Groome began by asking the question: How do you go about teaching religion in the schools? What is an appropriate pedagogy? He said he wanted a pedagogy that could work in either a public school or a private school, with diverse student populations, a pedagogy in which one could teach any given religious tradition without proselytizing.

More specifically, he wanted to teach religion such that students would become better people within their own tradition (or within their lack of religious tradition). He told a story about a Muslim student named Mohammed who had been in his class on Catholicism at Boston College. Groome told Mohammed that he wanted him to become a better Muslim through learning about Catholicism from his Catholic professor. Some years later Mohammed told Groom that indeed he had become a better Muslim because of that class. This is Groome’s ideal for teaching religion in the schools.

Groome said that they Enlightenment gave us two option: we could learn about religion, or we could learn to become part of a given religion. These two options come, in part, from Katn’s distinction between pure and practical reason. However, Groome takes seriously the feminist eopistemologists who pointed out the objective viewpoint of Kant’s pure reason does not really exist — “there is no view from nowhere.” Thus Groome proposes a third option on which to base an appropriate pedagogy: to learn from religions for your own life.

In other words, Groome called for a pedagogy that would teach religions as “great spiritual wisdoms for life,” rather than presenting them as data or history. “They’re not just a cognitive exercise,” he said, but rather a way for students to learn from other traditions in order to enrich their own traditions.

As an example, he spoke about how one might teach about the Muslim practice of Zakat; this is the practice of giving away 2-1/2% of one’s capital each year to persons in need. This spiritual practice not only promotes charity, it also promotes non-attachment to material goods, and it teaches about the ultimate power of God (i.e., it is God who really owns whatever material possessions one has). Groome said if he were teaching Zakat, he might begin be having the students name what they know about people who are in need, and then teach them Zakat as one religious response to poverty and need. “The learning outcome,” he said, “is that you’re going to encourage their own discernment about poverty.”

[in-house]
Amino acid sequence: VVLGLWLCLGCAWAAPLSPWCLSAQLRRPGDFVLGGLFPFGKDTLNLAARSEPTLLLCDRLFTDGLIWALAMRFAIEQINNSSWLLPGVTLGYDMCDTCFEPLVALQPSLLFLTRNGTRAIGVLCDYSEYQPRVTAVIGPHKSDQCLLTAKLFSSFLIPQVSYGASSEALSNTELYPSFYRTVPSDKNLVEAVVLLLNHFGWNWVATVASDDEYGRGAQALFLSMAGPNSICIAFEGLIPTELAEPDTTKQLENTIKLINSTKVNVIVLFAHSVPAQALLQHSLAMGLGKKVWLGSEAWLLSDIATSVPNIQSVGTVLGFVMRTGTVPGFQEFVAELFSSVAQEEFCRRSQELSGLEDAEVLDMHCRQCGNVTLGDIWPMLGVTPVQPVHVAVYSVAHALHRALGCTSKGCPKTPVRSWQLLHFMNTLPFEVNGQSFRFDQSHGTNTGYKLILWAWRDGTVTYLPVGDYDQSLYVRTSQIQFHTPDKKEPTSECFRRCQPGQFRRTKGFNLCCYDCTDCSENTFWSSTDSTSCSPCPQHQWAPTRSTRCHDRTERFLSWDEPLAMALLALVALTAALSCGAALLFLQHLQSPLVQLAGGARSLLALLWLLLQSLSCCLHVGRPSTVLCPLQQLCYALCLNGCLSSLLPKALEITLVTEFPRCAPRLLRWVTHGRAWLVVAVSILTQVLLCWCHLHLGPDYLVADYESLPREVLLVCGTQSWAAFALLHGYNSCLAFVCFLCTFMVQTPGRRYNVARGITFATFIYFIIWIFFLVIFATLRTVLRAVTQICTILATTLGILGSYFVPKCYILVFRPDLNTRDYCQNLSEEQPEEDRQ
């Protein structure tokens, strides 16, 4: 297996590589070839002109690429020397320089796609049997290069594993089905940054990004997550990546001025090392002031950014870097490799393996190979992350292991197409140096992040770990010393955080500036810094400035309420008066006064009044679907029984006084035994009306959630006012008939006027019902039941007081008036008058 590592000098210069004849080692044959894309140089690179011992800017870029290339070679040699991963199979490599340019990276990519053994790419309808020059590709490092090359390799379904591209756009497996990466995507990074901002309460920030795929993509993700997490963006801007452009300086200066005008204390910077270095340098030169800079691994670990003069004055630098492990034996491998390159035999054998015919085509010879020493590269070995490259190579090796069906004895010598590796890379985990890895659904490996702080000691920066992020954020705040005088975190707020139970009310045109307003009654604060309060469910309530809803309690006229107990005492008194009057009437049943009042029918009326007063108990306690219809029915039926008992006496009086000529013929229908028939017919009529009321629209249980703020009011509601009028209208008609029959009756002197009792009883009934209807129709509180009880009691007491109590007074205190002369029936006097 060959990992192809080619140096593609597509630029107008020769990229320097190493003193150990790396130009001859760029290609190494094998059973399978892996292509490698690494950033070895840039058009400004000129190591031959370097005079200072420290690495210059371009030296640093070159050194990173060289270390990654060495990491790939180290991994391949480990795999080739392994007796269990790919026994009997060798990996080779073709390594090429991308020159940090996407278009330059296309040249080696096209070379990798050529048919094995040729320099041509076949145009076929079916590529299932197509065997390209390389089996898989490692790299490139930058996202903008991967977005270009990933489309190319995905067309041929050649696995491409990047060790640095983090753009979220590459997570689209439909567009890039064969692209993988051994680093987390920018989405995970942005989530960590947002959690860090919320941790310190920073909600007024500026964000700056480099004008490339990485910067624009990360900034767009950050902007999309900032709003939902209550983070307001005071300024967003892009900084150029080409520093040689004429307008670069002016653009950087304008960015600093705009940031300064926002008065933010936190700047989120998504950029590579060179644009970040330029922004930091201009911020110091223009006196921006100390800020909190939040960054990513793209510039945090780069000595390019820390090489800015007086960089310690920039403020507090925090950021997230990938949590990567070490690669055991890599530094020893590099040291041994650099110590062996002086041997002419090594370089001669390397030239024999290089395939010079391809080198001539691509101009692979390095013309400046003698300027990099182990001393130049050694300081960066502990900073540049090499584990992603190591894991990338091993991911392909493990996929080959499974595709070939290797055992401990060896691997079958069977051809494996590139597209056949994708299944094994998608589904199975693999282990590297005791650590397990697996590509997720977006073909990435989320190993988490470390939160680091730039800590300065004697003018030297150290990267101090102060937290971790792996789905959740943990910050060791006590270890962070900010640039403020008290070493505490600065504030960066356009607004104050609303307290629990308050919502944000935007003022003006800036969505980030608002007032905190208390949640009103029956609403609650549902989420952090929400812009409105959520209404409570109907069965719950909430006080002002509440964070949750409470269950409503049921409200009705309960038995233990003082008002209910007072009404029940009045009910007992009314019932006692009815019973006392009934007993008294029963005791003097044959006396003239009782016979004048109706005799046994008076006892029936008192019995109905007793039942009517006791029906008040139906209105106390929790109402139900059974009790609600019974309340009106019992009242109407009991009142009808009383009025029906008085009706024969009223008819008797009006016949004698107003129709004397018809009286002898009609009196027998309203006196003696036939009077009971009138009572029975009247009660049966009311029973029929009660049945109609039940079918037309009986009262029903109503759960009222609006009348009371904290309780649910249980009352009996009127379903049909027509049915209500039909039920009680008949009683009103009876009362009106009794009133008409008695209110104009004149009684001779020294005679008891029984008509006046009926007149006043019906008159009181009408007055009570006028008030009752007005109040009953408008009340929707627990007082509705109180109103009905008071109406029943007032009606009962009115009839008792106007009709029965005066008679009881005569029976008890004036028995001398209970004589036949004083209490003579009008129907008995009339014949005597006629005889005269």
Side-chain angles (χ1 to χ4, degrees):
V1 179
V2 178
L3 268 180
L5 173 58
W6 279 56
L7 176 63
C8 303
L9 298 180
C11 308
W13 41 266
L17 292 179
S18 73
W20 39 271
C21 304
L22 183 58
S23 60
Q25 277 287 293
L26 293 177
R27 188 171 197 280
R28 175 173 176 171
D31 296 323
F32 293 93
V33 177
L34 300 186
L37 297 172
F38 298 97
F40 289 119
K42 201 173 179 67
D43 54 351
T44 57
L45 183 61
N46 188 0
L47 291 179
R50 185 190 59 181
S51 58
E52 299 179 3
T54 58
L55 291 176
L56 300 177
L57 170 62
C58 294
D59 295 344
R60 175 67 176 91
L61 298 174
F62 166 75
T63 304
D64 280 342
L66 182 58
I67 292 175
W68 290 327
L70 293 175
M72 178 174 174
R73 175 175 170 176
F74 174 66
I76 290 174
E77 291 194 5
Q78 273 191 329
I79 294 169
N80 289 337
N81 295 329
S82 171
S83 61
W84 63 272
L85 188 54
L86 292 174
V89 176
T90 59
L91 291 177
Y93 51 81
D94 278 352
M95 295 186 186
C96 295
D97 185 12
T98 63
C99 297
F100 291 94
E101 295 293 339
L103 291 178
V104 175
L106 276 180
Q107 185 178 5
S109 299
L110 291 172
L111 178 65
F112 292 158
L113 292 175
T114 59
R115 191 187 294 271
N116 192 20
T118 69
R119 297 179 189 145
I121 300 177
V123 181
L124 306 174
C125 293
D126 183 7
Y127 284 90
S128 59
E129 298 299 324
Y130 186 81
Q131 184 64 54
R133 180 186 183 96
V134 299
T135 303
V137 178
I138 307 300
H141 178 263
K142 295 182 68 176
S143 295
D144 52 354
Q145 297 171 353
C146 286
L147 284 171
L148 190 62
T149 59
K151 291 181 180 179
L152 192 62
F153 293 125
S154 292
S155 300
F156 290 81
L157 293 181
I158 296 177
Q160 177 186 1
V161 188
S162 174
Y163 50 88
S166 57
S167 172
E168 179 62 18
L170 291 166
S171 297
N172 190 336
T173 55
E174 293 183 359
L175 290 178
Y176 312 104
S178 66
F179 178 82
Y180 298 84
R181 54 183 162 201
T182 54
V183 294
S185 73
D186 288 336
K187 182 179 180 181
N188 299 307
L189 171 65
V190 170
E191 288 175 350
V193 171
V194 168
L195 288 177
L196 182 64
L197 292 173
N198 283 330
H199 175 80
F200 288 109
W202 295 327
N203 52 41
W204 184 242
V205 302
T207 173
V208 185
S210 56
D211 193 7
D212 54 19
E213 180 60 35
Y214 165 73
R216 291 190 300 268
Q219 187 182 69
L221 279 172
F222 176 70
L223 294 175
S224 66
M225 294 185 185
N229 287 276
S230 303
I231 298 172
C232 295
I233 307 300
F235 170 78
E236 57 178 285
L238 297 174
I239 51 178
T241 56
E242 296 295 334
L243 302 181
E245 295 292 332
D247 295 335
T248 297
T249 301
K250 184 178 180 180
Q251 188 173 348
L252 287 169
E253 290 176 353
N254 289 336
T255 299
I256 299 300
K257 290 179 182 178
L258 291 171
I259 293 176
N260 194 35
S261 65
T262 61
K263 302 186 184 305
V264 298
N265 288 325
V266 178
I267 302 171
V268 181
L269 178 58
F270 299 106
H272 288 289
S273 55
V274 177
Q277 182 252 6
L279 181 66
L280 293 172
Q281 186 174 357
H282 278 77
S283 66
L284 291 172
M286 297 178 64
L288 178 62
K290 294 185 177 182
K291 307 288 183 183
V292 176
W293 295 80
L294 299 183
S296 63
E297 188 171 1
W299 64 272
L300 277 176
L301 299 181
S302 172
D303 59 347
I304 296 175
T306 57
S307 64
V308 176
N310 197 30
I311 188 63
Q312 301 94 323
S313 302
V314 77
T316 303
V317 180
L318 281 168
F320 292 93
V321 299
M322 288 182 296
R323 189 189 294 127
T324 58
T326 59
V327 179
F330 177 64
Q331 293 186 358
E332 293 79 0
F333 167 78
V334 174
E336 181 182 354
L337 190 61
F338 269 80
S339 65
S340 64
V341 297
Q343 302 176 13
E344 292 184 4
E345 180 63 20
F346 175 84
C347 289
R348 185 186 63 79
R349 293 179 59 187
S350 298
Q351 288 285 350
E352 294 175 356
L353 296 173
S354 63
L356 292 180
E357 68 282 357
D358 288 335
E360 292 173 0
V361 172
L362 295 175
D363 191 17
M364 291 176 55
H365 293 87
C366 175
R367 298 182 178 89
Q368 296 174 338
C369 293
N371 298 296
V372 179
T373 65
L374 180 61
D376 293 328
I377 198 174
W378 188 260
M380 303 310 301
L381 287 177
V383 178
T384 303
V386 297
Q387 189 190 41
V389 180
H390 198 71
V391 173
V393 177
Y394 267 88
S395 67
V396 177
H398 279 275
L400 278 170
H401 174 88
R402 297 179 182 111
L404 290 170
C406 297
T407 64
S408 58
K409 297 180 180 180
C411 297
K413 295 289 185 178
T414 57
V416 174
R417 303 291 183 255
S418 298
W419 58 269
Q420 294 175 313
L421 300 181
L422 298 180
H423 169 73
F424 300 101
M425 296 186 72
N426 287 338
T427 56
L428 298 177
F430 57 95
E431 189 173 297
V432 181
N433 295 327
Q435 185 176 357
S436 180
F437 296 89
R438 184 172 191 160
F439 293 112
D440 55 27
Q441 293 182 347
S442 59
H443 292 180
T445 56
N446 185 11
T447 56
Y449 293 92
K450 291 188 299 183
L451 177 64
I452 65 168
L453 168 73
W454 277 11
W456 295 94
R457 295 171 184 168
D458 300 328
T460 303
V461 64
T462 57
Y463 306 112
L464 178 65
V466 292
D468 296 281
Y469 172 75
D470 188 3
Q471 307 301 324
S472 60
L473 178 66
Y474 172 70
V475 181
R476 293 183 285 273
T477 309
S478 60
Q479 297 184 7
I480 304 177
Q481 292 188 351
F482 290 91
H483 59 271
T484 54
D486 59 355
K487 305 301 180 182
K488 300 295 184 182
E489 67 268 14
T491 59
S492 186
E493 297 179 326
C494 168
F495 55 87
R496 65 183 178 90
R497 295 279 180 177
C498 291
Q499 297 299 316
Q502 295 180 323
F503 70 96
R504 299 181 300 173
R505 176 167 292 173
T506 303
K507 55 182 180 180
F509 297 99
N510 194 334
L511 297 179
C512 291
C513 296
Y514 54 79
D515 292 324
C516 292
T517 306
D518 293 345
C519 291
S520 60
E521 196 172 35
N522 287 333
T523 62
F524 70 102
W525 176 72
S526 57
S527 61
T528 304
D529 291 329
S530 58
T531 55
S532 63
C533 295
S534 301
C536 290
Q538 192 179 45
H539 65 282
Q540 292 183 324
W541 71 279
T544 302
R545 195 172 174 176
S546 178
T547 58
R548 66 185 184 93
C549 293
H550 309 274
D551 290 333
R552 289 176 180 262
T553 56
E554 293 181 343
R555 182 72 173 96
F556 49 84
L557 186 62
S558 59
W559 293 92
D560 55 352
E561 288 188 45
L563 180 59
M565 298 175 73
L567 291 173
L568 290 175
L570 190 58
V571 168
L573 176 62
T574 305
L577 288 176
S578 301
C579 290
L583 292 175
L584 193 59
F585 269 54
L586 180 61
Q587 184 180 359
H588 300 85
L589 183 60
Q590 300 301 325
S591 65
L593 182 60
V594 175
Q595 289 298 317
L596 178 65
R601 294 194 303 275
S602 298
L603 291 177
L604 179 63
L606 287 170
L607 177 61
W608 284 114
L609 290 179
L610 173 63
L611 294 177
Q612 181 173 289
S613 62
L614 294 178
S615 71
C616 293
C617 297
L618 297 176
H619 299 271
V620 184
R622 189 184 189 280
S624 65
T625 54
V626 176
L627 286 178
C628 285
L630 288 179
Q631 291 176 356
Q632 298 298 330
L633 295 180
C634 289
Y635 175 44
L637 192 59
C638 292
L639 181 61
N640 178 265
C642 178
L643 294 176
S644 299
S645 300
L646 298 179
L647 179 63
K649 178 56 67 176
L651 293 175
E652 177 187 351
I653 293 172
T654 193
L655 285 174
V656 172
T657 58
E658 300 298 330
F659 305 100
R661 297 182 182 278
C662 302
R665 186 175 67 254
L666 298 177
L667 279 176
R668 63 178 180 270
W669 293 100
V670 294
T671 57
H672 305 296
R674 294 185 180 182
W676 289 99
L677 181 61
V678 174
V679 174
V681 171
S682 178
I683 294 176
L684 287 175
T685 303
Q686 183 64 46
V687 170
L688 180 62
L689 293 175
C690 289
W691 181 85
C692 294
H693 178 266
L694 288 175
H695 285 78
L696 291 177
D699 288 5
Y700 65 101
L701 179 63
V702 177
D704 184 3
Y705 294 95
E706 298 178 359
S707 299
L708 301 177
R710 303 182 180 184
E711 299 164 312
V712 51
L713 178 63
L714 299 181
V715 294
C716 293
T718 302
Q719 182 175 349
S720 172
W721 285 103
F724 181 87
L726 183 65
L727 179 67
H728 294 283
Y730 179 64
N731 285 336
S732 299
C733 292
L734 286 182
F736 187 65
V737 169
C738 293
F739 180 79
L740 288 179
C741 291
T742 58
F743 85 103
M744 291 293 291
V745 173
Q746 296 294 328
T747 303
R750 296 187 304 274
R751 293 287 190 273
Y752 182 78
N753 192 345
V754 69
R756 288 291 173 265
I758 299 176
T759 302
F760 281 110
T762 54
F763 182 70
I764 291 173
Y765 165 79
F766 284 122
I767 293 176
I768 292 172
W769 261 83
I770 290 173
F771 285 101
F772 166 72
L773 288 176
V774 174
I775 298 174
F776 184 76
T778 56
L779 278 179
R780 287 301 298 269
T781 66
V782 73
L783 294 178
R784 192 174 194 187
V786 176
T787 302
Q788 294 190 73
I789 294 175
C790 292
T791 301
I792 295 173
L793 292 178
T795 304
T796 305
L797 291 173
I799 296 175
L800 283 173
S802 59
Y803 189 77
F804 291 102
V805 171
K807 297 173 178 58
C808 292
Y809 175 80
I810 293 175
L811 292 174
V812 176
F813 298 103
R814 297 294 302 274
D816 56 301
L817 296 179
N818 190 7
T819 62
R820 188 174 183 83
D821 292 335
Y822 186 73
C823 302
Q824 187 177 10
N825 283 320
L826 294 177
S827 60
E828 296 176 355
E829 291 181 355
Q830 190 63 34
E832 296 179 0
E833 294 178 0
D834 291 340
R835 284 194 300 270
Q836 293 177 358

The workshop participants engaged in lively discussion with Groome.

There was some discussion about Groome’s theoretical underpinnings for his pedagogy, and one participant (I didn’t get his name) could not agree with Groome’s tendency towards universalism, i.e., that there is a common thread running through all religions. However, after some discussion it seemed clear that even people like me who tend to follow Mark Heim and Stephen Prothero in asserting that religions do not have a universal end or goal could still effectively use Groome’s pedagogical approach.

I asked about assessing learning outcomes, and Groome acknowledged that you can’t test or assess for the student’s own feeling — i.e., you can’t assess whether they have become, or will become, more humane — but you can test them for the data. However, pedagogy need not be driven completely by assessment.

Catherine Owens of Episcopal Divinity School pointed out that so many young adults today are unaffiliated, and having no grounding in any religious tradition, they are “appropriating bits and pieces from religions” (I would be blunt, and say they are often misappopriating) to build their own spiritual life. Therefore, part of what we need to do is to, as it were, expose them to the real thing.

I was sitting next to Kevin Sandberg, and in the time for small group discussion he suggested a “pedagogy of friendship” to supplement Groome’s pedagogy. I liked this formulation, and am thinking about how one might teach using a “pedagogy of friendship.”

REA Conference, part six

“Diversity and Neuroscience” was the title of the fifth plenary session of the annual conference of the Religious Education Association (REA). Moderator Harold Horell introduced the panel discussion with two questions:

— What are the implications of neuroscience for the field of religious education? — and
— How did the presentations and conversations address the racially and ethnically diverse constituencies of the Religious Education Association?

Claire Smith of Saint Paul School of Theology was the first panelist to speak. “I found in this conference an awareness of the issues of diversity,” she said, “and a concern to include all.” She gave several specific examples, e.g., the recognition of native peoples in the opening ritual.

While there was a general awareness of diversity issues within the REA, Smith offered two cautions.

First, much of the brain research we have is provisional, and “we should not treat it as gospel.” In spite of this caution, Smith said that there is much that comes out of this research that are important for our work as religious educators. Continue reading “REA Conference, part six”